These are the thoughts of a Texas transplant in West Michigan who makes his living as a newspaper reporter by evening, and a struggling novelist by day.

Thursday, December 29, 2005

a world of black and white

i've been on a kicklately watching old movies -- that is movies before 1960. i don't know if it was my wife who inspired this, since she's watching the AFI top 100 films and a vast majority of the films are from way before my time.

at first i was hesitant to take the jump into the worl dof black and white, a world of litle special effects, no in-betweens of color, a different type of acting and more wholesome movies. then i said what the hell and took the plunge off the board.

and now i can't seem to stop watching them. every week i grab one or two old movies, films i really should have seen before, but when you're a kid growing up ina rural texas there's little choice or opportunity to watch these classics.

in the past two days i watched "dr. jekyll ane mr. hyde," the original 1932 fredric march version and today i finished up seeing james cagney in "yankee doodle dandy."
both movies impressed me for different reasons and evoked diferent emotions from me.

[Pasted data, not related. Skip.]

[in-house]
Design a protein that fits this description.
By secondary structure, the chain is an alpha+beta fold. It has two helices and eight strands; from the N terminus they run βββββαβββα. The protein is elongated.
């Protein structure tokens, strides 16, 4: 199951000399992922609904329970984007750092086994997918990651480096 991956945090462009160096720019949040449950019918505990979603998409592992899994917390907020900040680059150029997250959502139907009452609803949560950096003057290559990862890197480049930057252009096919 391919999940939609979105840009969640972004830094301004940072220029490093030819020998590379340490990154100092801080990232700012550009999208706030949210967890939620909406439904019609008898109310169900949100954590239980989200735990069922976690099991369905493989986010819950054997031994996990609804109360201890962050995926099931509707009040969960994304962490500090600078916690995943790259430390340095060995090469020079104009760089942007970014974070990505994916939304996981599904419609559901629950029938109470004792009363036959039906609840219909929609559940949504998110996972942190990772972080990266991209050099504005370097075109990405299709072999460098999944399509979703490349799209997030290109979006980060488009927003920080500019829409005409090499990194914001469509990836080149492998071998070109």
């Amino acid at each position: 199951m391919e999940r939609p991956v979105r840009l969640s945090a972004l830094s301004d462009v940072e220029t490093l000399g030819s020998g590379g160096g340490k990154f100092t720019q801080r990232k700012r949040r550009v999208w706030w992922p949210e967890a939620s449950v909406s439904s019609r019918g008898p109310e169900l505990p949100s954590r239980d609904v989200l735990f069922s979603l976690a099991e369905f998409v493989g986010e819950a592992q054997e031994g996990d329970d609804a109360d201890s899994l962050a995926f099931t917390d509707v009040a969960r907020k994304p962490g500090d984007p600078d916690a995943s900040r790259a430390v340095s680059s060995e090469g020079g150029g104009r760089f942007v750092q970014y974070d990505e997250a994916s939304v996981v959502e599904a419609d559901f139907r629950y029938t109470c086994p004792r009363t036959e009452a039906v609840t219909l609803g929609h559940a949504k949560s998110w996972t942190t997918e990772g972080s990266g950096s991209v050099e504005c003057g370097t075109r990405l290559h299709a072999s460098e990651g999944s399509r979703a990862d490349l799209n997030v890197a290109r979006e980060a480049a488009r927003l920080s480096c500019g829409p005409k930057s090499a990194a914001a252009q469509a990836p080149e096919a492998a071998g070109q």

"jekyll" was a carnal film, more so than spencer tracy's role reprisal 10 years later. the effects on march's face were more obvious, but also disturbing and distracting. he looked more like what mr. hyde should have looked like, almost cro-magnon-like. but his hair piece and wide nostrils made him look apish and it took awaay from the effect. i could have done without that much monkey business. in another aspect, when dr. jekyll visited champaign ivy at her place, there was definitely monkey business going on. she did strip down and when the camera switched angles, her back was bare. when march moved his arm, there was the outline of ivy's right breast fully exposed. it was similar to tracy's version, but i liked march's performance better as jekyll. i liked tracy's performance as hyde better.

cagney was great in "yankee." it's the first film i've seen with him. i've read he never did anything like it before or after. it was magical the way the film went from musical to musical that george m. cohan did. i knew about "yankee doodle dandy" but didn't know about "over there" or "grand ole flag." the movie made me misty-eyed at times, i don't know why. it wasn't particularly sad. still, the portrayal of cohan by cagney was impressive and brought out something in me. his dancing was so cool to look at. i kept picturing bugs bunny in the cartoon versions of yankee doodle dandy, which reminded me of how much those cartoons were actually made for adults. what eight-year-old kid is going to know about cohan? i loved the distinct style of dancing cagney had, torso forward, legs pumping beneath him. i'm glad i watched it.

and then there's bogart. the guy could act like nobody's business. i won't discuss much about him here (he'll have his own blog entry), but he was great. i'm going to read a biography on him. favorite performances so far are "the african queen," "casablanca" and "treasure of the sierra madre" (another bugs spoof).


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